In this post, I talk about loops in R, why they can be slow and when it is okay to use them.
Don’t grow objects
Let us generate a matrix of uniform values (max changing for every column).
gen_grow < function(n = 1e3, max = 1:500) {
mat < NULL
for (m in max) {
mat < cbind(mat, runif(n, max = m))
}
mat
}
set.seed(1)
system.time(mat1 < gen_grow(max = 1:500))
## user system elapsed
## 0.21 0.17 0.37
system.time(mat2 < gen_grow(max = 1:2000))
## user system elapsed
## 3.91 3.00 6.92
gen_sapply < function(n = 1e3, max = 1:500) {
sapply(max, function(m) runif(n, max = m))
}
set.seed(1)
system.time(mat3 < gen_sapply(max = 1:500))
## user system elapsed
## 0.01 0.00 0.01
identical(mat3, mat1)
## [1] TRUE
system.time(mat4 < gen_sapply(max = 1:2000))
## user system elapsed
## 0.07 0.00 0.07
identical(mat4, mat2)
## [1] TRUE
Wow,
sapply()
is so much faster than loops!
Don’t get this wrong, sapply()
or lapply()
is nothing but a loop internally, so sapply()
shouldn’t be any faster than a loop. Here, the problem is not with the loop, but what we do inside this loop. Indeed, in gen_grow()
, at each iteration of the loop, we reallocate a new matrix with one more column, which takes time.
Imagine you want to climb all those stairs, but you have to climb only stair 1, go to the bottom then climb the first 2 stairs, go to the bottom then climb the first three, and so on until you reach the top. This takes way more time than just climbing all stairs at once. This is basically what happens in function gen_grow()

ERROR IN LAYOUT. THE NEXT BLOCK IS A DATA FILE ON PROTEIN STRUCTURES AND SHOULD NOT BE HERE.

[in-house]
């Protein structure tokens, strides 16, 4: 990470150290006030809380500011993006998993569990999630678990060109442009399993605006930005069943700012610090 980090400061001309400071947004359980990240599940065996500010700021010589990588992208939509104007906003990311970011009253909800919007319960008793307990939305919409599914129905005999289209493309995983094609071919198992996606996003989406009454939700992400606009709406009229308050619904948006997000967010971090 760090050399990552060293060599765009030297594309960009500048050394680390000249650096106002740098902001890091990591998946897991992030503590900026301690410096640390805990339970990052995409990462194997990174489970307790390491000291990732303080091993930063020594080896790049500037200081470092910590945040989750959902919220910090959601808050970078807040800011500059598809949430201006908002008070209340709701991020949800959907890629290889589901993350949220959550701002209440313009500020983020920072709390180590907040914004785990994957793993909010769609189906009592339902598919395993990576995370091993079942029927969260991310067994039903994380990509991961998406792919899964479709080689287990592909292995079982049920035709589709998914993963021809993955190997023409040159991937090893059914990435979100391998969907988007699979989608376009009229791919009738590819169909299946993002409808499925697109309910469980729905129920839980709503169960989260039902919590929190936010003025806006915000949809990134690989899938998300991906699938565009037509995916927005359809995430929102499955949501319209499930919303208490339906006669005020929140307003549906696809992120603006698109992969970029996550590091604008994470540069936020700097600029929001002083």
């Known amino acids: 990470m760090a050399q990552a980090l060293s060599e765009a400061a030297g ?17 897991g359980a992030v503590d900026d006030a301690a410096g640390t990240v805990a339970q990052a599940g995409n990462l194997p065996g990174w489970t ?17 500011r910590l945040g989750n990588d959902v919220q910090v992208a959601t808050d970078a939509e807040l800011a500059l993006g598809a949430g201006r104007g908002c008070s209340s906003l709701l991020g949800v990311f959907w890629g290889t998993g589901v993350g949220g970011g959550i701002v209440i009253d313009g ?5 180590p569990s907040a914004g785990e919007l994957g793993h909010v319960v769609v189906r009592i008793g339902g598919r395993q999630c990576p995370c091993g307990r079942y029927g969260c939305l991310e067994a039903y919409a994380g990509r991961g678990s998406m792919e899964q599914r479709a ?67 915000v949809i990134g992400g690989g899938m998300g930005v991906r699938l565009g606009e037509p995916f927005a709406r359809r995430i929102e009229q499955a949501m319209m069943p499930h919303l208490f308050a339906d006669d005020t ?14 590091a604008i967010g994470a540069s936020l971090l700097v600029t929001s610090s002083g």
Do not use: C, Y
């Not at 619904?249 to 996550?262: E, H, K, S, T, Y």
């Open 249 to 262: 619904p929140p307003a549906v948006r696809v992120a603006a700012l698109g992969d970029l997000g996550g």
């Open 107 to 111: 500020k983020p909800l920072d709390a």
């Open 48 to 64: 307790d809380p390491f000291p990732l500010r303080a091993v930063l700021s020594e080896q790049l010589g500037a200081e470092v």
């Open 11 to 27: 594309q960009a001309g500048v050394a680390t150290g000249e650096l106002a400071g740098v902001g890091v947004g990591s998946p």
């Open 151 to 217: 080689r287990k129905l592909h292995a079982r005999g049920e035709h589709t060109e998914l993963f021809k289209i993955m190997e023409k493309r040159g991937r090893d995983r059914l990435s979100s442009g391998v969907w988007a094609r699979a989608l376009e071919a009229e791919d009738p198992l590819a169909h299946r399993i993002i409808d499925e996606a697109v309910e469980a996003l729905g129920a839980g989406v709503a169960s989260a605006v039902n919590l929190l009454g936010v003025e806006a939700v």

but instead of climbing more stairs, it allocates more memory, which also takes time.
You have at least two solutions to this problem. The first solution is to preallocate the whole result once (if you know its size in advance) and just fill it:
gen_prealloc < function(n = 1e3, max = 1:500) {
mat < matrix(0, n, length(max))
for (i in seq_along(max)) {
mat[, i] < runif(n, max = max[i])
}
mat
}
set.seed(1)
system.time(mat5 < gen_prealloc(max = 1:500))
## user system elapsed
## 0.02 0.00 0.01
identical(mat5, mat1)
## [1] TRUE
system.time(mat6 < gen_prealloc(max = 1:2000))
## user system elapsed
## 0.08 0.00 0.08
identical(mat6, mat2)
## [1] TRUE
Another solution that can be really useful if you don’t know the size of the result is to store the results in a list. A list, as opposed to a vector or a matrix, stores its elements in different places in memory (the elements don’t have to be contiguously stored in memory) so that you can add one element to the list without copying the rest of the list.
gen_list < function(n = 1e3, max = 1:500) {
l < list()
for (i in seq_along(max)) {
l[[i]] < runif(n, max = max[i])
}
do.call("cbind", l)
}
set.seed(1)
system.time(mat7 < gen_list(max = 1:500))
## user system elapsed
## 0.02 0.00 0.02
identical(mat7, mat1)
## [1] TRUE
system.time(mat8 < gen_list(max = 1:2000))
## user system elapsed
## 0.06 0.00 0.07
identical(mat8, mat2)
## [1] TRUE
Vectorization, why?
I call vectorized a function that takes vectors as arguments and operate on each element of these vectors in another (compiled) language (such as C++ and Fortran).
So, let me repeat myself: sapply()